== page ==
Imperial China Graphic

I found an old tattered b/w diagram of “Status and Power” hierarchy in Imperial China in my teaching folders. This diagram was produced by G. William Skinner. It was brought to my attention by Edward L. Farmer, at the University of Minnesota. I scanned it and used my Adobe Illustrator to update it. I’ve not found a better shortcut to explaining, in a simple way, how misleading the tag “peasant” can be as a social category. If you like this image, let me know and I’ll send you a file.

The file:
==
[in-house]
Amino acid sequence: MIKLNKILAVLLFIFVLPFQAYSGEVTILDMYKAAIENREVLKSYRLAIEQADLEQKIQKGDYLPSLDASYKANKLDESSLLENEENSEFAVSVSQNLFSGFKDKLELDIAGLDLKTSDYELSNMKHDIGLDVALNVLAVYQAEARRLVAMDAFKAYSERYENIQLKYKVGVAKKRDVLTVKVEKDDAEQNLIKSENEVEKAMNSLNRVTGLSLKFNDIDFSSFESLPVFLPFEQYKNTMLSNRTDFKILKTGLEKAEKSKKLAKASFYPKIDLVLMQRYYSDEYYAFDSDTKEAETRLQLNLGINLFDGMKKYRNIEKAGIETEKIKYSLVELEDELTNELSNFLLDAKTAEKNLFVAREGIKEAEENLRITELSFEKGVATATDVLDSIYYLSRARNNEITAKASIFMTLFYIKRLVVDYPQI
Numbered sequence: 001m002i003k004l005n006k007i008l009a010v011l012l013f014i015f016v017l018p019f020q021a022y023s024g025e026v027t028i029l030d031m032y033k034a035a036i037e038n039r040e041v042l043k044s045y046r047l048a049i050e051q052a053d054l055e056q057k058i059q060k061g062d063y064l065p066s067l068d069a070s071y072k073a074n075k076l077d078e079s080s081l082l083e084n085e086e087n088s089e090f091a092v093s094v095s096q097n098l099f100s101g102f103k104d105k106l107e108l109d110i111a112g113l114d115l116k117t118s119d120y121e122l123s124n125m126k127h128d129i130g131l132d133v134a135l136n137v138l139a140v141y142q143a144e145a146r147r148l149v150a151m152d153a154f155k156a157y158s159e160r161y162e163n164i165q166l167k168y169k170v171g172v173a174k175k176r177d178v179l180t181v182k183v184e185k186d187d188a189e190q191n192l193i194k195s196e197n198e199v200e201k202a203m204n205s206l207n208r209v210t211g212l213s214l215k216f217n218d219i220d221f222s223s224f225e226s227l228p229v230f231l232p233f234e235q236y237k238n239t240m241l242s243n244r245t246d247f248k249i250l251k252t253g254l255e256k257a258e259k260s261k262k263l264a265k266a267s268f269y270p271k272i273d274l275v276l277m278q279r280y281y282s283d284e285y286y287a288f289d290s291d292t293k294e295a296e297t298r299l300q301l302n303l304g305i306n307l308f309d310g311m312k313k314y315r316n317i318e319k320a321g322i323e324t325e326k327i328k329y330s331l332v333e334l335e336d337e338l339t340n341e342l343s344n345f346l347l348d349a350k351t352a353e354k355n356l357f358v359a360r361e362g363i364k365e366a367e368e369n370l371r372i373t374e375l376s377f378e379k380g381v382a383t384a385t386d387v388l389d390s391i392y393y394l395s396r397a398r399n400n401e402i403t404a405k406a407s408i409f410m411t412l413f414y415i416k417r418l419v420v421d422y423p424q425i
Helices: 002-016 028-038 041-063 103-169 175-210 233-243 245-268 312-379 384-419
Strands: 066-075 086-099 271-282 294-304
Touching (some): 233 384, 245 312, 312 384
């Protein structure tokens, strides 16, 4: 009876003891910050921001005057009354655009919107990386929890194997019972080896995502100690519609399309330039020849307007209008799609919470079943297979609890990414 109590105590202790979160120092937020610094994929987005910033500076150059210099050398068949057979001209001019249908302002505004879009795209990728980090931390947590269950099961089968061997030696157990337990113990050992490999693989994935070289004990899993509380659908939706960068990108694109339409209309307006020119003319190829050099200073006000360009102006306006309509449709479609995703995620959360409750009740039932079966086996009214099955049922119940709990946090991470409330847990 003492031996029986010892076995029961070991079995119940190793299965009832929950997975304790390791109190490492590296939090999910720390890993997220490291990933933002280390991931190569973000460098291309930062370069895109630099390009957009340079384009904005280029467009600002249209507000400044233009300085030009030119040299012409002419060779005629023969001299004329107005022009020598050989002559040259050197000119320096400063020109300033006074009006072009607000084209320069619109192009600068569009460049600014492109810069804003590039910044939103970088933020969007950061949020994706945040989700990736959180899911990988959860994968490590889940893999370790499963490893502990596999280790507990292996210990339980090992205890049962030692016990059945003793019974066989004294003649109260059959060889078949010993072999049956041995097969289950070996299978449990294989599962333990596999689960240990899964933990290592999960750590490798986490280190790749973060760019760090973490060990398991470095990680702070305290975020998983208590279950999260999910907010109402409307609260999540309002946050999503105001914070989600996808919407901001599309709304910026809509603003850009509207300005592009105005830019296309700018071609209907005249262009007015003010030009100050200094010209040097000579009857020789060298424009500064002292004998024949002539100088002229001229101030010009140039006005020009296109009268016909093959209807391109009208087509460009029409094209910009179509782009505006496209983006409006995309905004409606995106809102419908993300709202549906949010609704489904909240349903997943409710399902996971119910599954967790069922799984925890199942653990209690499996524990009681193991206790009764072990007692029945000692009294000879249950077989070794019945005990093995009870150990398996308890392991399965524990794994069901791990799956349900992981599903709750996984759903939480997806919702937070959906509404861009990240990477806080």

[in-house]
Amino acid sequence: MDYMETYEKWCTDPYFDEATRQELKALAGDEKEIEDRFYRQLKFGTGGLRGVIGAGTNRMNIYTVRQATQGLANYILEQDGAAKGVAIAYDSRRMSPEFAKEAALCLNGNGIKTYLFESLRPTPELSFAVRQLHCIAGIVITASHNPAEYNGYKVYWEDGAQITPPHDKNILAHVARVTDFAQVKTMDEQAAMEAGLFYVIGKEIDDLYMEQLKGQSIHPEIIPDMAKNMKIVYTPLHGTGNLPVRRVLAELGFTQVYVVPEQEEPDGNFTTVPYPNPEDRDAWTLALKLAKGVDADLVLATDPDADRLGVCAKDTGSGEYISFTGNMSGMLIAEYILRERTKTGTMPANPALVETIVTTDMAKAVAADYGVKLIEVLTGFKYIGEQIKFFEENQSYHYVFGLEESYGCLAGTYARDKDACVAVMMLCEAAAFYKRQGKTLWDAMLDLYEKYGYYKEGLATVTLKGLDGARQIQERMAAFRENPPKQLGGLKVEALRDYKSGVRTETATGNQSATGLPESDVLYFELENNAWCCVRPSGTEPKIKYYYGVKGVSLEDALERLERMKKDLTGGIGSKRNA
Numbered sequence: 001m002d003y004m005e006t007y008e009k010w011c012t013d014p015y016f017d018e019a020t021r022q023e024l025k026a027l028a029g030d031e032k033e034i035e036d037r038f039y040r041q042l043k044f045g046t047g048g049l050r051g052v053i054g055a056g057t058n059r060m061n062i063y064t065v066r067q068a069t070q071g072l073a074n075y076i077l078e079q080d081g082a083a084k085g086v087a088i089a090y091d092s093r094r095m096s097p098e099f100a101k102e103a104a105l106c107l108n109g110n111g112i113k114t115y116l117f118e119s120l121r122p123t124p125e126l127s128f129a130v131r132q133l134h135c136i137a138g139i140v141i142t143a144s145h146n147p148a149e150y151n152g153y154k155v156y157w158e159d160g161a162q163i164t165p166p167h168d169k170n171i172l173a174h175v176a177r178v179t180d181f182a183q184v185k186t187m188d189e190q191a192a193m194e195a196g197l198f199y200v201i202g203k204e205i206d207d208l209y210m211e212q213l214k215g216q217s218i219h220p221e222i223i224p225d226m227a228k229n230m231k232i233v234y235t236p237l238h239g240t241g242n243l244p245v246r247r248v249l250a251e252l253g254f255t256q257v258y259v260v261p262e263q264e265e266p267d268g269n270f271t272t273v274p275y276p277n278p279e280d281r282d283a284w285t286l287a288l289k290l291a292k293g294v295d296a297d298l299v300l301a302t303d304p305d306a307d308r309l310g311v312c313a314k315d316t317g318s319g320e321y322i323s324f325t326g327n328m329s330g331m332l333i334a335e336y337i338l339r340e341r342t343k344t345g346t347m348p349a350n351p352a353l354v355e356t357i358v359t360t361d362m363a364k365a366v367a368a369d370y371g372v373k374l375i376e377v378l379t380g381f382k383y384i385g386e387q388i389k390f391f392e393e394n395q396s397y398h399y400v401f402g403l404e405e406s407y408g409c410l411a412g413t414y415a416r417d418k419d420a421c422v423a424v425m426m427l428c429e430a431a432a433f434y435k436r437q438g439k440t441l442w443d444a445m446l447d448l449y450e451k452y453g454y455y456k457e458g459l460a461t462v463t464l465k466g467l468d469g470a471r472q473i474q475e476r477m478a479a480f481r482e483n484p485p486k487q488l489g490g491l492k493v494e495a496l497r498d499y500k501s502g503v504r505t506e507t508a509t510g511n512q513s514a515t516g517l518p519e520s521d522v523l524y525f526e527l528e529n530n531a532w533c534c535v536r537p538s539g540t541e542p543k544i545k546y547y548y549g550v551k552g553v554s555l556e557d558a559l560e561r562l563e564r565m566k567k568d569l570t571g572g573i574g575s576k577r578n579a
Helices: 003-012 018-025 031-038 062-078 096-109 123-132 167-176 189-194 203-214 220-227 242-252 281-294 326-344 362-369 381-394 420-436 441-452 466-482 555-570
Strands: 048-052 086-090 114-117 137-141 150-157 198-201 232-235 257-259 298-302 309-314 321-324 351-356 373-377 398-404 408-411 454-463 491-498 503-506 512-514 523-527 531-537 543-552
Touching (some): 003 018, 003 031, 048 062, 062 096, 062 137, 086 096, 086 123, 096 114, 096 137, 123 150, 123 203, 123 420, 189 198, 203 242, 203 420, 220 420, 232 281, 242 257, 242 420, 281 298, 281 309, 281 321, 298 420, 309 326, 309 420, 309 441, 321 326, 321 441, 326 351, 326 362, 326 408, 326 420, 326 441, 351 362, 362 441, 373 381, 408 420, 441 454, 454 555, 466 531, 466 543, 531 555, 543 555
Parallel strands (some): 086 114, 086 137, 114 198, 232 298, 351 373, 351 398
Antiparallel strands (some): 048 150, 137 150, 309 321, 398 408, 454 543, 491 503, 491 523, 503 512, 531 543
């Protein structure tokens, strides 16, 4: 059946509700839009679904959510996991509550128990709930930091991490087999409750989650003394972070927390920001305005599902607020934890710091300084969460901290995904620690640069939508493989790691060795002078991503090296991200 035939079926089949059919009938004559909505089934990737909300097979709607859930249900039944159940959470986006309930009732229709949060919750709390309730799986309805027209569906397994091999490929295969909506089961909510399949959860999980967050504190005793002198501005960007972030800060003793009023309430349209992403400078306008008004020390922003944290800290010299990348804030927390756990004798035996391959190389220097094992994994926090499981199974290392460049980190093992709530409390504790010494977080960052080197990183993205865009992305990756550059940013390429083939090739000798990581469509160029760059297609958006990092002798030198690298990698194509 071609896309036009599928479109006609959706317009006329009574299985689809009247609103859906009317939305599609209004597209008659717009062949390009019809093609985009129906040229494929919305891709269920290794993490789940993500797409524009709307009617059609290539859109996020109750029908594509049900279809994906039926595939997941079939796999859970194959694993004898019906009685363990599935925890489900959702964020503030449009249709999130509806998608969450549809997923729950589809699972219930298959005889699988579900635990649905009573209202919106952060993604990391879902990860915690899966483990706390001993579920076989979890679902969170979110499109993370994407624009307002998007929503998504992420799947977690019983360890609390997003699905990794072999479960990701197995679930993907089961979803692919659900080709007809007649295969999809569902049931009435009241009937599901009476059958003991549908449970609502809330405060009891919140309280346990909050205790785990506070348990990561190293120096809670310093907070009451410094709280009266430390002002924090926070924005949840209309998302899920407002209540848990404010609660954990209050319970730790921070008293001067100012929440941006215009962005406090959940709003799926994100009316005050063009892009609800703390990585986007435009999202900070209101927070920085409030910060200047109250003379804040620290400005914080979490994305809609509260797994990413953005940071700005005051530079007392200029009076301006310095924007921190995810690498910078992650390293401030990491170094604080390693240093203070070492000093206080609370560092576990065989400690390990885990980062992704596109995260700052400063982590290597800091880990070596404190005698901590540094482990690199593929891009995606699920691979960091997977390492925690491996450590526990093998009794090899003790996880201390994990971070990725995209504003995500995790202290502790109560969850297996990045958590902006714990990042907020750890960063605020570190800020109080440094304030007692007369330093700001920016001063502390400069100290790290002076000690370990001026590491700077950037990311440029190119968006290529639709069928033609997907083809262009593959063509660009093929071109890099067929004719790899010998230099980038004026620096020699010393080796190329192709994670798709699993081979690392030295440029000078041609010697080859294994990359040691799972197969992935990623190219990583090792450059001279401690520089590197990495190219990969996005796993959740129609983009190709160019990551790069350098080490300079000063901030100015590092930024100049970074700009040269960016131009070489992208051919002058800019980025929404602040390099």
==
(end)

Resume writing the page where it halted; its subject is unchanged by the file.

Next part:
2 thoughts on “Imperial China Graphic

  1. If you read some textbook or general work on Imperial Chinese govt. and social structure, you will learn that “Scholar-Peasant-Artisan-Merchant” is an idealized vision of social hierarchy. But, in practice, hereditary nobles were above scholars, many merchants were wealthier and more educated than some scholars, and below these four groups were others. And there were many more markers of status, such as fixed residence and literacy. This chart is supposed to give readers a better sense of the nuances of social stratification, to show the complexities of social, economic, and political differentiation, but ideally and in terms of actual wealth and power.

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